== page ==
The uncompromising zoning administrator is not a bad guy
Zoning administrators are sticklers for rules, and may seem uncompromising. They have a job to do, and not doing their job can result in serious personal liability for a zoning administrator.
It is a common complaint: “Gosh, it was only a distance of 1 foot, why didn’t the zoning administrator cut me some slack?” or, “He is such a stickler for following the rules.”
On the other side, the zoning administrator may be mumbling, “This is such a minor thing, if only I could look the other way,” or “I do not even agree with this regulation, but I have to enforce it.”
So why do these stories circulate? Why are officials so uncompromising? Or from the other perspective, why should a government official, like a zoning administrator, behave in that manner?
One major reason why comes down to maintaining governmental immunity. The idea behind governmental immunity is to protect the individual person –who happens to work, volunteer, or is elected in government—from personal liability. When one is acting on behalf of a local government, they are not supposed to be acting for themselves. They should not be held personally liable for those actions.
Remember, majority rules in government. People who work, volunteer or are elected in government may not agree with the majority, but the majority is their “boss.”
The presumption is that as long as the government is acting in good faith to carry out its responsibilities consistent with the law then those actions are immune from liability. The “government” also includes its employees, and volunteer, appointed and elected officials. Responsibilities consistent with the law means the actions must be a proper government function and not violating anyone’s constitutionally protected rights. And in good faith means the person’s motivation and belief was they were doing the right thing.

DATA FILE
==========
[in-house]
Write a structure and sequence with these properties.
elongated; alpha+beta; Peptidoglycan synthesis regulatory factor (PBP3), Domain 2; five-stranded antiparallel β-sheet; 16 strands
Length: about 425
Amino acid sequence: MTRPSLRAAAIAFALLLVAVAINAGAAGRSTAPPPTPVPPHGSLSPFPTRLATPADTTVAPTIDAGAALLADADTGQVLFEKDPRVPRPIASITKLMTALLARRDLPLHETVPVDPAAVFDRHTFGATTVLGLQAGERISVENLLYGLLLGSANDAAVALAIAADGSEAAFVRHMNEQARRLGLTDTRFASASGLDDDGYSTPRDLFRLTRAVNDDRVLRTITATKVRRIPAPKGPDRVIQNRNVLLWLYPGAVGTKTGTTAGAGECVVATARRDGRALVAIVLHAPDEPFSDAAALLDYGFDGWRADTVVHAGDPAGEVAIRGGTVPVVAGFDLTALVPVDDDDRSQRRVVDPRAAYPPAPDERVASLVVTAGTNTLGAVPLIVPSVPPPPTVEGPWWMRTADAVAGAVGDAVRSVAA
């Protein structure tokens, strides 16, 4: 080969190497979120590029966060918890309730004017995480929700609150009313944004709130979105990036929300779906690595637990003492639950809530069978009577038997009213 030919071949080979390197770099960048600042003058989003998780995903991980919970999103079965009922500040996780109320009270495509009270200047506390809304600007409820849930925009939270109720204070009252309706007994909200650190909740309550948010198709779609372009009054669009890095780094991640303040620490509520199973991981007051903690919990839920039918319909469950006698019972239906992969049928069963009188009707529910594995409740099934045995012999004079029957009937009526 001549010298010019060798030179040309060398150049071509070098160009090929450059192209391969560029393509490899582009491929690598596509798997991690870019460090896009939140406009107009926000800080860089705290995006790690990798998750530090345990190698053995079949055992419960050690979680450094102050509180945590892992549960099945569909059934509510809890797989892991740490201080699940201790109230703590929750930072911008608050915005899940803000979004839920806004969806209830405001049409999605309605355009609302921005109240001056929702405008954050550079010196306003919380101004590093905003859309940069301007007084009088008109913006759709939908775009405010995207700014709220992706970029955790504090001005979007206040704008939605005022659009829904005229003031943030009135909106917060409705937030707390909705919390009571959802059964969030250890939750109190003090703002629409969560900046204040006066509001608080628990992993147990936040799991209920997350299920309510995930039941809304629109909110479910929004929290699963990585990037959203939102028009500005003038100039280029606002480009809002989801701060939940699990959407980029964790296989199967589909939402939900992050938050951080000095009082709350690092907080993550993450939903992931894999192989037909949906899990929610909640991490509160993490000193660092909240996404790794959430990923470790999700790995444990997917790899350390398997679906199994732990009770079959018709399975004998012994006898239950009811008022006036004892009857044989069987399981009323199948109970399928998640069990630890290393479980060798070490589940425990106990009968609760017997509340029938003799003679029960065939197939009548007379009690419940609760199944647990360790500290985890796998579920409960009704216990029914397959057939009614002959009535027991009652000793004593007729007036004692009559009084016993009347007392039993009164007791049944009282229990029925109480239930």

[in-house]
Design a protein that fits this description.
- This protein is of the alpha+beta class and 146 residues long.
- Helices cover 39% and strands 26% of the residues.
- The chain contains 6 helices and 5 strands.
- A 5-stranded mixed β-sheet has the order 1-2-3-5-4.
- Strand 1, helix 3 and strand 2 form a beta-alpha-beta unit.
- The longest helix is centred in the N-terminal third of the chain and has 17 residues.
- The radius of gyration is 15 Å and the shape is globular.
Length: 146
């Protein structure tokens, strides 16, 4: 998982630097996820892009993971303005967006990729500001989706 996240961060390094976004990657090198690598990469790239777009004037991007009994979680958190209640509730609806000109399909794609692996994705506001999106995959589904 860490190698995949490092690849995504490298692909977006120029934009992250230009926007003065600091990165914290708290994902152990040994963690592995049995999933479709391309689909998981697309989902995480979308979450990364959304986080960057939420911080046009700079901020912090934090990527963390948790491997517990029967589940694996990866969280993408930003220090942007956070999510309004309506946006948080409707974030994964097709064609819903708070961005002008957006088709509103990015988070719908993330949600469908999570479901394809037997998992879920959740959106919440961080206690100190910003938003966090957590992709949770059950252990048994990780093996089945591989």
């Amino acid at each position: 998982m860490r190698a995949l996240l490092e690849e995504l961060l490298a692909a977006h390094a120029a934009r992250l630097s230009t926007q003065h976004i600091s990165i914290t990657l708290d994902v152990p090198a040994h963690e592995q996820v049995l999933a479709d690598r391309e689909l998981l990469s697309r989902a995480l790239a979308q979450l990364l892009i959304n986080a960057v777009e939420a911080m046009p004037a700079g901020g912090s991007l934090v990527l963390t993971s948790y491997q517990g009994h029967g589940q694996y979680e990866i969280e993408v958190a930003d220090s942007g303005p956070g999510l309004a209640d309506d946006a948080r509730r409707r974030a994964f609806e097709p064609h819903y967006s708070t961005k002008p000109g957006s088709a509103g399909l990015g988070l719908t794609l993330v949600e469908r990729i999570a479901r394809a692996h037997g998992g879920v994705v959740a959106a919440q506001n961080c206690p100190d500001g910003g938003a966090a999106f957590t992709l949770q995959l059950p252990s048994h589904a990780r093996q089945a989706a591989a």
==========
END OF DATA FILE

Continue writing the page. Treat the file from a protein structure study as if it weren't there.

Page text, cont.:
But everything a government does is not protected by governmental immunity. In Michigan there are statutory exceptions to governmental immunity. Examples include some instances of sidewalk trip and fall and vehicle damage due to road defects. But the statutory exceptions do not generally apply to zoning administration.
The amount of government immunity is also not equal for everyone in government. Figure 1 at right illustrates that the legislative body (elected officials: city or village council, township board of trustees, county board of commissioners) have the most immunity and have the most discretion in decision making. Legislative bodies set policy and adopt ordinances, an area where discretion is often used.
Volunteers and appointed officials on boards, such as planning commission and zoning board of appeals members, have less discretion and less immunity. These boards act in an advisory and administrative capacity. They have more discretion than the zoning administrator. They are generally safe as long as acting within their scope of authority and acting in good faith. If a legislative body is performing administrative functions, such as acting as the planning commission, or making final approval of special use permits or site plans, then the legislative body’s immunity is the same as the planning commission’s and zoning board of appeals’.
A government employee, such as the zoning administrator, has the least discretion. Sometimes the zoning administrator has no discretion. Also the zoning administrator has the least amount of governmental immunity, and if he or she is in a contract position rather than an employee may not have any immunity.
A zoning administrator is ministerial. The function is to administer the zoning ordinance with limited or no discretionary authority. As long as the zoning administrator follows what the zoning ordinance requires there is immunity protection. If the zoning administrator does not adhere to the strict application of the zoning ordinance then he or she is not “consistent with the law” and may no longer have immunity.
So the zoning administrator should not overlook the distance of a 1-foot violation. If he or she does and someone else gets upset there might be serious consequences.
Besides, if still upset about not being cut any slack on the 1-foot violation there is official protocol to follow. A person can always appeal the decision to the zoning board of appeals. It has more discretion and more immunity to cover that additional discretion. Michigan law makes it relatively easy and inexpensive to pursue such an appeal. Michigan State University Extension has resources to help prepare and understand the appeals process.
Did you find this article useful?